Loop Control Structure / Looping in C language / How to make loops in C language / Using for, while and do while in C language

The versatility of the computer lies in its ability to perform a set of instructions repeatedly .This involves repeating some portion of the program either a specified number if times or until a particular condition is being satisfied . This repetitive operation is done through a loop control instruction.

There are three methods by way of which we can repeat a part of a program. They are:

a) Using a for loop.

b) Using a while loop.

c) Using a do-while loop


For loop

The format of for loop:

For (initializing variable; testing variable; increment variable)

{

Statements; //what the loop will do

}

 

Now making a simple C program in which we will print a name 3 times.

int i;  // initialing looping variable

for ( i=1; i<=3; i++ )

{

printf(“www.programmingdoctors.wordpress.com”);

printf(“\n”);

}

Here is the output:

http://www.programmingdoctors.wordpress.com

http://www.programmingdoctors.wordpress.com

http://www.programmingdoctors.wordpress.com

Let us now examine how the for statement gets executed:

1.      When the for statement is executed for the first time, the value of i is set to an initial value 1.

2.      Now the condition i <= 3 is tested. Since i is 1 the condition is satisfied and the body of the loop is executed for the          first time.

3.      Upon reaching the closing brace of for, control is sent back to the for statement, where the value of i gets                             incremented by 1(i.e i++ means i=i+1).

4.      Again the test is performed to check whether the new value of i exceeds 3.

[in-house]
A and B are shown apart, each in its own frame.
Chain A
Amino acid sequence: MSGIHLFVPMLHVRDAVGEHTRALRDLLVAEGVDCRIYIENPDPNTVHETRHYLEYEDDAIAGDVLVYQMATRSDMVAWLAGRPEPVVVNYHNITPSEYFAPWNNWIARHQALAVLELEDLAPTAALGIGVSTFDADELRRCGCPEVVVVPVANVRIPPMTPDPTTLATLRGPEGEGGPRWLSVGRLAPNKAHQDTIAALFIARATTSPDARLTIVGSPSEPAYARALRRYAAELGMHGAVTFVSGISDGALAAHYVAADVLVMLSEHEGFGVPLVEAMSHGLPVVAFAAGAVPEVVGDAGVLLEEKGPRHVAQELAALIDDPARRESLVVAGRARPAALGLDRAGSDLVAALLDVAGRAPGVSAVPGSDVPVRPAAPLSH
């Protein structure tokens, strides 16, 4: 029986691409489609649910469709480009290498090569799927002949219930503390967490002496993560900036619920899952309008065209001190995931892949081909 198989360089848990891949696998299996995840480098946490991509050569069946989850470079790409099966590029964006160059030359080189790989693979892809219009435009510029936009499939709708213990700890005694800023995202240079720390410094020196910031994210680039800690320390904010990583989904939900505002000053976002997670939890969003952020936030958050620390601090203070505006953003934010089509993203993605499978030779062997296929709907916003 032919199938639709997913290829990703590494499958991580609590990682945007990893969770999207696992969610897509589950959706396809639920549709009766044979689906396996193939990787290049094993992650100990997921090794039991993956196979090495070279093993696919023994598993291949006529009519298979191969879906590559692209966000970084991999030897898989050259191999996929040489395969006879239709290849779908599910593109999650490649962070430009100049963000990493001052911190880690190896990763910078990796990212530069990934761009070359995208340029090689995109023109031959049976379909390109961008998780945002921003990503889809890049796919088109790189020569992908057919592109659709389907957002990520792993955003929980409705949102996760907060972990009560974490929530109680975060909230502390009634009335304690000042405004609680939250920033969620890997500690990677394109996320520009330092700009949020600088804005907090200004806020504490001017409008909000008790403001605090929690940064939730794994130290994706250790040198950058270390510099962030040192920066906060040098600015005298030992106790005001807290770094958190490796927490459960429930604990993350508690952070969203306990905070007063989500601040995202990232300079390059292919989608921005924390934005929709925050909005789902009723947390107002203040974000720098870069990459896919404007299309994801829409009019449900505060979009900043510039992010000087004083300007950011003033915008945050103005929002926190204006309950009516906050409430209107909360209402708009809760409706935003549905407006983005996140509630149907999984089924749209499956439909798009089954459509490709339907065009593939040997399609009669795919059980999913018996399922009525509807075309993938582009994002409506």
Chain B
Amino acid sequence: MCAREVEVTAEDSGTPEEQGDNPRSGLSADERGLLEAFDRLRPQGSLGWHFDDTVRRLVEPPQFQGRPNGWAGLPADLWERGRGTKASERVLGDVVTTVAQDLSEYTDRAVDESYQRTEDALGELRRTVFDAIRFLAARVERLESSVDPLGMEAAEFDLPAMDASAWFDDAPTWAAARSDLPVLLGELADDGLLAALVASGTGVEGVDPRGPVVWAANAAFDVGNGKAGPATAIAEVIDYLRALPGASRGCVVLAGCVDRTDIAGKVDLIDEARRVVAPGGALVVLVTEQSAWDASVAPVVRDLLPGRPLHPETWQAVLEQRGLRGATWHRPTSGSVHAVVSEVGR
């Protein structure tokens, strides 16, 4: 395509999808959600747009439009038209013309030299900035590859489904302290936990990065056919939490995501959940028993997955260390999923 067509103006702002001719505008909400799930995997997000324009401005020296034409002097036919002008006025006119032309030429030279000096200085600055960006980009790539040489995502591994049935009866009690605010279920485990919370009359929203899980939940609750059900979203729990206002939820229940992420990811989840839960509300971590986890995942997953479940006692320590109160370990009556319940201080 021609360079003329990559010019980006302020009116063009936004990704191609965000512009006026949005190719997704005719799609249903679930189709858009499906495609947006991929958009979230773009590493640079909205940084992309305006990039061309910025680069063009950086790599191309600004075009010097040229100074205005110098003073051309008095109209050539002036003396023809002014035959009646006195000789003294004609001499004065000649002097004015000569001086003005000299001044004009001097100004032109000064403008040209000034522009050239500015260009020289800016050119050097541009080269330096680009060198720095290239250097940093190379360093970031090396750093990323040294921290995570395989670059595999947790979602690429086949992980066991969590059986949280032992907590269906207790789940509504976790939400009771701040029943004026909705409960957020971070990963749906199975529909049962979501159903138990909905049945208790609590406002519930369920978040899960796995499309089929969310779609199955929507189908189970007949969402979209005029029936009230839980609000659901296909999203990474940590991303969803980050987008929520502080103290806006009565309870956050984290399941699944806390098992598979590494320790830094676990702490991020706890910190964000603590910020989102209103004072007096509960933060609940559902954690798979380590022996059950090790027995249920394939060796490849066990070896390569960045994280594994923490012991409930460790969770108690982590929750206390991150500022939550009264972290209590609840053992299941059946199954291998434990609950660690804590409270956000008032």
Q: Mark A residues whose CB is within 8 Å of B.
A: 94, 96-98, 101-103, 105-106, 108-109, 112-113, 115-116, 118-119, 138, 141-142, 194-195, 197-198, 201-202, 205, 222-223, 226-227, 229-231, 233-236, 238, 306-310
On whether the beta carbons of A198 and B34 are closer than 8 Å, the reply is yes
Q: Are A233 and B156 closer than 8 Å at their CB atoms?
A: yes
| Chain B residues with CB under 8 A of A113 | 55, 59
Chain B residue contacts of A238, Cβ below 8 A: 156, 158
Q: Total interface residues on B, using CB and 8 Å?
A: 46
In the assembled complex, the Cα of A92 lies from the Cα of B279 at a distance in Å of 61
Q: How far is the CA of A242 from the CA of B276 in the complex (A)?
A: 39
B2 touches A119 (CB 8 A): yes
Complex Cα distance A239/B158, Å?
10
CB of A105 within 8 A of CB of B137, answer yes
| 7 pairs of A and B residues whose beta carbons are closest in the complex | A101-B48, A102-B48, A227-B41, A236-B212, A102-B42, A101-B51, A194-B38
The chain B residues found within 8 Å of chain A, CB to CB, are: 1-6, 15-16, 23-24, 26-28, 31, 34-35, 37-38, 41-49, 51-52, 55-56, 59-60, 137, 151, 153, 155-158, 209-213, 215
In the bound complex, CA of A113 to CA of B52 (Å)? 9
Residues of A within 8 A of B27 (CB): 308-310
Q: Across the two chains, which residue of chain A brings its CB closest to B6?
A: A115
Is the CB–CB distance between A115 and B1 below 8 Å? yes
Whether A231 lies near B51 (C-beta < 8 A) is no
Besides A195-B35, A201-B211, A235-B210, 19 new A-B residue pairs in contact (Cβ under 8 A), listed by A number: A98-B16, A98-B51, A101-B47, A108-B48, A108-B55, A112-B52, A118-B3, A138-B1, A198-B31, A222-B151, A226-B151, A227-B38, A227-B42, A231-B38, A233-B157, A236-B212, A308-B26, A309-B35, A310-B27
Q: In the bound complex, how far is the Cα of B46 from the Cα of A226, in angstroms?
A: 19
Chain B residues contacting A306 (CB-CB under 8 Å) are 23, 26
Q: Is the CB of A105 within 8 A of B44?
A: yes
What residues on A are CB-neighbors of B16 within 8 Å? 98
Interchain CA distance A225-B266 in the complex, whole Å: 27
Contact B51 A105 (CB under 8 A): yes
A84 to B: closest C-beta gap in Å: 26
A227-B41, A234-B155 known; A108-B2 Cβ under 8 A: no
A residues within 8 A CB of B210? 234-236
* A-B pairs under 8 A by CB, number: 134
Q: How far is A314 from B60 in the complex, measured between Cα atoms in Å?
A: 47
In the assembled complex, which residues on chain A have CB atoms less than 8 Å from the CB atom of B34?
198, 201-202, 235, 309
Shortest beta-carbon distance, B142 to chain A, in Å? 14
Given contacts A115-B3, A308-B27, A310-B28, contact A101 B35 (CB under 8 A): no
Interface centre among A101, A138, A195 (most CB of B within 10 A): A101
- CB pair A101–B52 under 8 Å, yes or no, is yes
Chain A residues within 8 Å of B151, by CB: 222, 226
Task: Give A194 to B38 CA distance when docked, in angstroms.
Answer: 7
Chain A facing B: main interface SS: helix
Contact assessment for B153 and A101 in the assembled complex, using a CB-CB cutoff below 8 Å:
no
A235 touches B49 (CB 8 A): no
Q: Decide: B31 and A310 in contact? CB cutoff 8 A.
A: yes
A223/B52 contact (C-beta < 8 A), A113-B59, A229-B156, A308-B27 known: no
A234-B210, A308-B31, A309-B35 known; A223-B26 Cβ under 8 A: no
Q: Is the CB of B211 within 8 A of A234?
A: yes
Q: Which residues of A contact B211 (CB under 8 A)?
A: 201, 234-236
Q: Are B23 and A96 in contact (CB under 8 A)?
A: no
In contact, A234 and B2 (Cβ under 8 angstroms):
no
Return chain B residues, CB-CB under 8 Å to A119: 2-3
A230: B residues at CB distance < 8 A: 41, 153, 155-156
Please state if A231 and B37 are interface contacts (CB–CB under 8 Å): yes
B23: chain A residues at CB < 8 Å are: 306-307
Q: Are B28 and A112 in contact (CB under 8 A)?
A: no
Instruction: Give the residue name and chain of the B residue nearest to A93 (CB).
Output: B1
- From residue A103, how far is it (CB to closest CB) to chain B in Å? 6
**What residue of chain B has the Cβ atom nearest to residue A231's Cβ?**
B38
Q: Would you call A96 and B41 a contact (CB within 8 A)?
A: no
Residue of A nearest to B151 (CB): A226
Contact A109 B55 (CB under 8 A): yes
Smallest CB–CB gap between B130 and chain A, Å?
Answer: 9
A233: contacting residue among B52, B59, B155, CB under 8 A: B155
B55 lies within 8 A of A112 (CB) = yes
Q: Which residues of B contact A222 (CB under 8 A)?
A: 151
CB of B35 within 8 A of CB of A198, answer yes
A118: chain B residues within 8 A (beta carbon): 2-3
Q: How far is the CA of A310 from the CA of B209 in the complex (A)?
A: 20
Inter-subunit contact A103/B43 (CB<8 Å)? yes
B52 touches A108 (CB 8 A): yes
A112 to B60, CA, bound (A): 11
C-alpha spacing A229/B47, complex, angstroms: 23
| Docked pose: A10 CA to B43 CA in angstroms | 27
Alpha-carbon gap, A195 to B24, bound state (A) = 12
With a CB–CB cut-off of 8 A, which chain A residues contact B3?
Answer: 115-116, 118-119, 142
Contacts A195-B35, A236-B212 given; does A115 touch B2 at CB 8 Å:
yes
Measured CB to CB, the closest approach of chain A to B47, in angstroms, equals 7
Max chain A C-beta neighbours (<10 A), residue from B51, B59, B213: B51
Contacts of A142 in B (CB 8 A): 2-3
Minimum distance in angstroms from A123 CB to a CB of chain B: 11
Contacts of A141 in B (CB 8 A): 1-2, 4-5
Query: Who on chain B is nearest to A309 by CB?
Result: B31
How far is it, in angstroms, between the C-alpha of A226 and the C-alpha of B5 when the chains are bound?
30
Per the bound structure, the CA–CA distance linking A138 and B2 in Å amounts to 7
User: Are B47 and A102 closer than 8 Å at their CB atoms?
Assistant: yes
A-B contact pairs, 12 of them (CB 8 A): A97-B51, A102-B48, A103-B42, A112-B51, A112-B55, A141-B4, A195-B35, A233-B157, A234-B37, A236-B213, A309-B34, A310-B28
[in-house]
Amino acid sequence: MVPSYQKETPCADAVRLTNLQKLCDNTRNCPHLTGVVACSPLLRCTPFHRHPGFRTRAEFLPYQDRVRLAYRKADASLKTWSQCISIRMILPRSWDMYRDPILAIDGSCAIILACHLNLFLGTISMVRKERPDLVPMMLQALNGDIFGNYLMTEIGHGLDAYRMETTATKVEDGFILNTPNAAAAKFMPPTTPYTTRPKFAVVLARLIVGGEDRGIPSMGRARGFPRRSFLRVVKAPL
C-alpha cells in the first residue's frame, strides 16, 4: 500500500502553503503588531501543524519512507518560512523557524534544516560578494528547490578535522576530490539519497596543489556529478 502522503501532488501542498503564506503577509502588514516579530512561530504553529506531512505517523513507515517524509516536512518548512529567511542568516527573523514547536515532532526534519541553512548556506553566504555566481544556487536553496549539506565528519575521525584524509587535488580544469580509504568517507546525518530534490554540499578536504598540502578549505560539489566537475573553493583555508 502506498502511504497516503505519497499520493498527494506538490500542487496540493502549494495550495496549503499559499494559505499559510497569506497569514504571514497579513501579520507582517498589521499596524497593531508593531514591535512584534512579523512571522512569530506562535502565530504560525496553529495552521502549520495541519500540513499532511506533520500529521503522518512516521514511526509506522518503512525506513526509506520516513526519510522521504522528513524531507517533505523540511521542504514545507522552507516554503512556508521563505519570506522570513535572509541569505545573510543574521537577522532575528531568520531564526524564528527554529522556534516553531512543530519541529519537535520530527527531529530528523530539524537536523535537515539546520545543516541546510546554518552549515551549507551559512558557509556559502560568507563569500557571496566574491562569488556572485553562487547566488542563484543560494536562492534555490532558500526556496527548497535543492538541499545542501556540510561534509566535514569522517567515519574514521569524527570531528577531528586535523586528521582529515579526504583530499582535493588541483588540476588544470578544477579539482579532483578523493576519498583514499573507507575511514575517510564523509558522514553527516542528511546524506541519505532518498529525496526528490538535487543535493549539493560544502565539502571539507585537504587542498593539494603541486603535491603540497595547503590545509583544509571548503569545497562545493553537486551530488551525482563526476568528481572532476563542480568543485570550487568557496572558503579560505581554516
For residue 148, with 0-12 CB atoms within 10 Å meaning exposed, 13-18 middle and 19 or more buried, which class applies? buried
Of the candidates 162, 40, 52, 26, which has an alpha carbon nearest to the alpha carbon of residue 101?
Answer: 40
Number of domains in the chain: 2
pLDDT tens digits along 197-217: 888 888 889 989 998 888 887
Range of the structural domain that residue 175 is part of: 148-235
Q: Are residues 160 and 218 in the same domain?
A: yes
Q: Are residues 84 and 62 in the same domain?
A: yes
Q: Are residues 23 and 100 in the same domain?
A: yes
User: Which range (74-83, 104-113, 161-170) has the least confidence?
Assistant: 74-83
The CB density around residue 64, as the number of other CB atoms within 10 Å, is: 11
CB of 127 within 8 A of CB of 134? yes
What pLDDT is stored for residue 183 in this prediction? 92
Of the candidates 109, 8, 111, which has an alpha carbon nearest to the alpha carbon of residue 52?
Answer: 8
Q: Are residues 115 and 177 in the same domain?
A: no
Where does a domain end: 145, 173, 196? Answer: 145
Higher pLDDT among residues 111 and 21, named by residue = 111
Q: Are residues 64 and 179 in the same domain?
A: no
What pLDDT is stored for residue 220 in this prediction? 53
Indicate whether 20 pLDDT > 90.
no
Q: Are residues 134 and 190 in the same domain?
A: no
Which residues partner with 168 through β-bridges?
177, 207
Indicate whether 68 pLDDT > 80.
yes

5.      If the value of i is still within the range 1 to 3, the statements within the braces of for are executed again.

6.      The body of the for loop continues to get executed till i doesn’t exceed the final value 3.

7.      When i reaches the value 4 the control exits from the loop.

The diagram further illustrates the concept:

For is concerned with three things:

1.      Tell the compiler where to start.

2.      Tell the compiler when to stop

3.      Increment the loop.

The loop in the same way can be decrement as well by making few changes:

for ( i=3; i >=1; i– )

{

printf(“www.nediangurus.webs.com”);

printf(“\n”);

}

Here i is initialize to 3 and the condition is given that until i is greater than or equal to 1 the loop will proceed in the similar way as explain above, this is the way we can move the loop by decrementing.

While loop:

The format of while loop is:

initialize loop variable;

while(condition)

{

statements;

increment loop variable;

}

The statements keep on executed till the condition being tested remains true.

When the condition found false the loop terminates.

Let’s check out the simple example with a while loop :

int i=1;

while(i<=3)

{

printf(“www.nediangurus.webs.com”);

printf(“\n”);

i++;

}

Let us now examine how the while statement gets executed:

1.      When the while statement is executed for the first time, the value of i is set to an initial value 1.

2.      Now the condition i <= 3 is tested. Since i is 1 the condition is satisfied and the body of the loop is executed for the first time.

3.      After the statements are executed, the increment is done within the braces of the whileand the value of i is incremented (i.e.  i++ means i=i+1)

4.      Again the test is performed to check whether the new value of i exceeds 3.

5.      If the value of i is still within the range 1 to 3, the statements within the braces of whileare executed again.